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Romans next to Elbe

This post is also available in: Polish (polski)

Elbe
Elbe and the Romans | Photo: che | Creative Commons Attribution-Share Alike 2.5 Generic

A very interesting story about the presence of the Romans on the Elbe was left to us by Velleius Paterculus, a Roman historian who lived during the reigns of Octavian Augustus and Tiberius. In 5 CE the Roman army led by the future emperor – Tiberius stood on the Elbe. What Paterculus tells us?

We were encamped on the nearer bank of the aforesaid river, while on the farther bank glittered the arms of the enemies’ troops, who showed an inclination to flee at every movement and manoeuvre of our vessels, when one of the barbarians, advanced in years, tall of stature, of high rank, to judge by his dress, embarked in a canoe, made as is usual with them of a hollowed log, and guiding this strange craft he advanced alone to the middle of the stream and asked permission to land without harm to himself on the bank occupied by our troops, and to see Caesar.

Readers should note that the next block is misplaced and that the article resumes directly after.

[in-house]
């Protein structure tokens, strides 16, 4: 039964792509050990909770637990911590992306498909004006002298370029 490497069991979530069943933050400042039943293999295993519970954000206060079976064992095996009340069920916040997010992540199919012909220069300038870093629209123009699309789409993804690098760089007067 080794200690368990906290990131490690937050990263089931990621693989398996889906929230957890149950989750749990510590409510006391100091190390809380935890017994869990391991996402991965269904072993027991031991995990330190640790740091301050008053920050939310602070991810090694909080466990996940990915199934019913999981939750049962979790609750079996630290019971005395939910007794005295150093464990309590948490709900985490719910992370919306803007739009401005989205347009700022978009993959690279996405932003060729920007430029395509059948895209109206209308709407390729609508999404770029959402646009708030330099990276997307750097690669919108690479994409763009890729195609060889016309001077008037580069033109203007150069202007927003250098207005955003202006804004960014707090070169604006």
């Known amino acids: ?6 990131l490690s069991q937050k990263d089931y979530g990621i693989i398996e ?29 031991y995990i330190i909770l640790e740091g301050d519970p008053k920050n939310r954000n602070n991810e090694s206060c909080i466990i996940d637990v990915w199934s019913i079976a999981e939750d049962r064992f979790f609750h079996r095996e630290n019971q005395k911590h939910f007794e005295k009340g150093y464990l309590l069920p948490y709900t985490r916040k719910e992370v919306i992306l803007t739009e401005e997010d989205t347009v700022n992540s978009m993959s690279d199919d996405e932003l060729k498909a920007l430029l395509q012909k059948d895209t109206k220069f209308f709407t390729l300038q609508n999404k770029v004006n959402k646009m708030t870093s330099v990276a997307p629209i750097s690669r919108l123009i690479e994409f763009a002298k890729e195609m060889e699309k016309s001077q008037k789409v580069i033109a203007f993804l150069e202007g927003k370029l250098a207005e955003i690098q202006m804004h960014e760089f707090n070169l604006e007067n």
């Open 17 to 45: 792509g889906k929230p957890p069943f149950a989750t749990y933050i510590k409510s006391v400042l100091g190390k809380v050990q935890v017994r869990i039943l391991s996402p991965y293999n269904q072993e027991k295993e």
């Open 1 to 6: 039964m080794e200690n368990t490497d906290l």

– Velleius Paterculus, Roman history, II, 107

Then the man was to say to Tiberius:

Our young men are insane, for though they worship you as divine when absent, when you are present they fear your armies instead of trusting to your protection. But I, by your kind permission, Caesar, have to‑day seen the gods of whom I merely used to hear; and in my life have never hoped for or experienced a happier day.

Velleius Paterculus, Roman history, II, 107

Then the German was allowed to touch Tiberius’ hand, got into the boat and returned to his kinsmen. As the historian points out, the man had to once again look back to see the future emperor.

The story told by Paterculus proves the importance of propaganda, even in Roman times. The story emphasizes the divinity and the delight of distant barbarian peoples with the person of the future emperor. Although Paterculus came from the aristocracy, he created a work praising the first two Roman emperors.

Sources
  • Velleius Paterculus, Roman history

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